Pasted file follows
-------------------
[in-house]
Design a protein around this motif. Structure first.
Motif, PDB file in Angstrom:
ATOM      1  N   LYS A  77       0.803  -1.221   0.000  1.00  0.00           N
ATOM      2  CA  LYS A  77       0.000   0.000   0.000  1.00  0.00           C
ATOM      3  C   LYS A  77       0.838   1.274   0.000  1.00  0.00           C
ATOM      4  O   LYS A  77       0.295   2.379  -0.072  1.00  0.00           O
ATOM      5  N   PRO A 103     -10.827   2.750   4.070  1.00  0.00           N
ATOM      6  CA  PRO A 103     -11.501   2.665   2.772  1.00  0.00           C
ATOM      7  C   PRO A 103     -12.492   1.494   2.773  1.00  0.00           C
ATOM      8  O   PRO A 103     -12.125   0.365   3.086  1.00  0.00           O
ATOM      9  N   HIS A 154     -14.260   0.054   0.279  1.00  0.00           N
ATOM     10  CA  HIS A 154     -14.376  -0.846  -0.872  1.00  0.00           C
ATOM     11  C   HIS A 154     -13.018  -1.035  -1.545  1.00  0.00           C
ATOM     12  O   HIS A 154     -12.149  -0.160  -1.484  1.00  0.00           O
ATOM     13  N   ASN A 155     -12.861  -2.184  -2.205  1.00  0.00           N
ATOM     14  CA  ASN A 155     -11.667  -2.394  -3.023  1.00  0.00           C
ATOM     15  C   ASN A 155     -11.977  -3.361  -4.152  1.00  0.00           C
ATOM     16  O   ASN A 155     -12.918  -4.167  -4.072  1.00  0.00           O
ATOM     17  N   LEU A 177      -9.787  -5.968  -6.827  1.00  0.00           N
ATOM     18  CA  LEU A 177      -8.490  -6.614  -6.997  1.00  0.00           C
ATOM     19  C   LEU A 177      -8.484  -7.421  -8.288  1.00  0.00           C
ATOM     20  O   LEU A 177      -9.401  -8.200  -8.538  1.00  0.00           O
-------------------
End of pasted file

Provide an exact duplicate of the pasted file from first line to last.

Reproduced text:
[in-house]
Design a protein around this motif. Structure first.
Motif, PDB file in Angstrom:
ATOM      1  N   LYS A  77       0.803  -1.221   0.000  1.00  0.00           N
ATOM      2  CA  LYS A  77       0.000   0.000   0.000  1.00  0.00           C
ATOM      3  C   LYS A  77       0.838   1.274   0.000  1.00  0.00           C
ATOM      4  O   LYS A  77       0.295   2.379  -0.072  1.00  0.00           O
ATOM      5  N   PRO A 103     -10.827   2.750   4.070  1.00  0.00           N
ATOM      6  CA  PRO A 103     -11.501   2.665   2.772  1.00  0.00           C
ATOM      7  C   PRO A 103     -12.492   1.494   2.773  1.00  0.00           C
ATOM      8  O   PRO A 103     -12.125   0.365   3.086  1.00  0.00           O
ATOM      9  N   HIS A 154     -14.260   0.054   0.279  1.00  0.00           N
ATOM     10  CA  HIS A 154     -14.376  -0.846  -0.872  1.00  0.00           C
ATOM     11  C   HIS A 154     -13.018  -1.035  -1.545  1.00  0.00           C
ATOM     12  O   HIS A 154     -12.149  -0.160  -1.484  1.00  0.00           O
ATOM     13  N   ASN A 155     -12.861  -2.184  -2.205  1.00  0.00           N
ATOM     14  CA  ASN A 155     -11.667  -2.394  -3.023  1.00  0.00           C
ATOM     15  C   ASN A 155     -11.977  -3.361  -4.152  1.00  0.00           C
ATOM     16  O   ASN A 155     -12.918  -4.167  -4.072  1.00  0.00           O
ATOM     17  N   LEU A 177      -9.787  -5.968  -6.827  1.00  0.00           N
ATOM     18  CA  LEU A 177      -8.490  -6.614  -6.997  1.00  0.00           C
ATOM     19  C   LEU A 177      -8.484  -7.421  -8.288  1.00  0.00           C
ATOM     20  O   LEU A 177      -9.401  -8.200  -8.538  1.00  0.00           O